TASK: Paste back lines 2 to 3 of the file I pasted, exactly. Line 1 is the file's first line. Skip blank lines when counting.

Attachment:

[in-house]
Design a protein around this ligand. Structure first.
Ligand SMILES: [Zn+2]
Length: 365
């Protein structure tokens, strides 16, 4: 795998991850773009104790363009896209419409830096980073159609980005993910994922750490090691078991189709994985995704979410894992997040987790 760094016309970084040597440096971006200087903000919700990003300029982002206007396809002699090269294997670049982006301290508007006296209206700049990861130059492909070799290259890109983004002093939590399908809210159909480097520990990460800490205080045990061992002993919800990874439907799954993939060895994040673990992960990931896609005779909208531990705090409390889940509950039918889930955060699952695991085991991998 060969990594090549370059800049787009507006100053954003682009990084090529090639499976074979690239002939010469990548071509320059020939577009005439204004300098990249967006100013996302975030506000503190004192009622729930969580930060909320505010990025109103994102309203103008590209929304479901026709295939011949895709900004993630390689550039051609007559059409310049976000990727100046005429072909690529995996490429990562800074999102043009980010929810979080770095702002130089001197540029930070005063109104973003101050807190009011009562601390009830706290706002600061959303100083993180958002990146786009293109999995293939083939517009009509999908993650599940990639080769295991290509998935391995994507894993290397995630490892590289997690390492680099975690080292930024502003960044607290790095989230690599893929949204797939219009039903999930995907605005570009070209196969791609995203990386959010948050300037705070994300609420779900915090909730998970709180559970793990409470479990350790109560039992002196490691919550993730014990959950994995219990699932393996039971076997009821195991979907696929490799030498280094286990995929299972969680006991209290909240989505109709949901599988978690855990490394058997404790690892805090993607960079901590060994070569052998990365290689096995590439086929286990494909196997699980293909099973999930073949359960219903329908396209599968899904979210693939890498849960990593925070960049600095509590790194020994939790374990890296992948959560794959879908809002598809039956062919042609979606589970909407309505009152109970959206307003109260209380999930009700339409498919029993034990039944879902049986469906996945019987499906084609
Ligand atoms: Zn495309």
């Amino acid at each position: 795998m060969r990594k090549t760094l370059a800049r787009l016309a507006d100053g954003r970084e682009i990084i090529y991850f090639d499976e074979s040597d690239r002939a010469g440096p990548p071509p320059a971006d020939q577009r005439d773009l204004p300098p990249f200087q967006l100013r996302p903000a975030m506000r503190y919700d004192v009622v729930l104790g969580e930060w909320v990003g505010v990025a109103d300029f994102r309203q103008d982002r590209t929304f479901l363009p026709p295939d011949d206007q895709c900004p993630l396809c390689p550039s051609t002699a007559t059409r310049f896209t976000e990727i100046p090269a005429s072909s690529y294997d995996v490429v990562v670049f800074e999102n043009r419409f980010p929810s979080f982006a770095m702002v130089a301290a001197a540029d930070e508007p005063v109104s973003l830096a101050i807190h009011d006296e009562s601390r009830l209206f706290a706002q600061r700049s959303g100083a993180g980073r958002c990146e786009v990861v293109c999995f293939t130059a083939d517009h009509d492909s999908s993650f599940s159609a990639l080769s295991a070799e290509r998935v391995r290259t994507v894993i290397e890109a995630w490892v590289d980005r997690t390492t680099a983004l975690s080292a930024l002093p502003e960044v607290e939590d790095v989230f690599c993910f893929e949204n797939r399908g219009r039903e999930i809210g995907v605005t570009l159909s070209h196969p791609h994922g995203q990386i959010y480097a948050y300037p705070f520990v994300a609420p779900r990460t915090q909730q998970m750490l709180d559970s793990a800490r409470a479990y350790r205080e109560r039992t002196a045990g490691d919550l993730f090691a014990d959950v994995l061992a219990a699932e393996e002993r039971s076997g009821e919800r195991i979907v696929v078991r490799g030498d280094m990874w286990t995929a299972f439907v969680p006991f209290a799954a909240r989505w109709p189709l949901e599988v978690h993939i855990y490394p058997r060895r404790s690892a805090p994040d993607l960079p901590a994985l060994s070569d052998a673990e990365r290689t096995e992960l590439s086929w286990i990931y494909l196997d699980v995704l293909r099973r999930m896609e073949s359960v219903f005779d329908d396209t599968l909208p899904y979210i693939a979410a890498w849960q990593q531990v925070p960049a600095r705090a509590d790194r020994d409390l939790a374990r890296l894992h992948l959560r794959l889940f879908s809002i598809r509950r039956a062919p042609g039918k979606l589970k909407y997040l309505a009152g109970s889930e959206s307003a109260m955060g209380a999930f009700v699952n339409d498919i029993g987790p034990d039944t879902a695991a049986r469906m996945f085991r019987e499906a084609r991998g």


Design a protein around this ligand. Structure first.
Ligand SMILES: [Zn+2]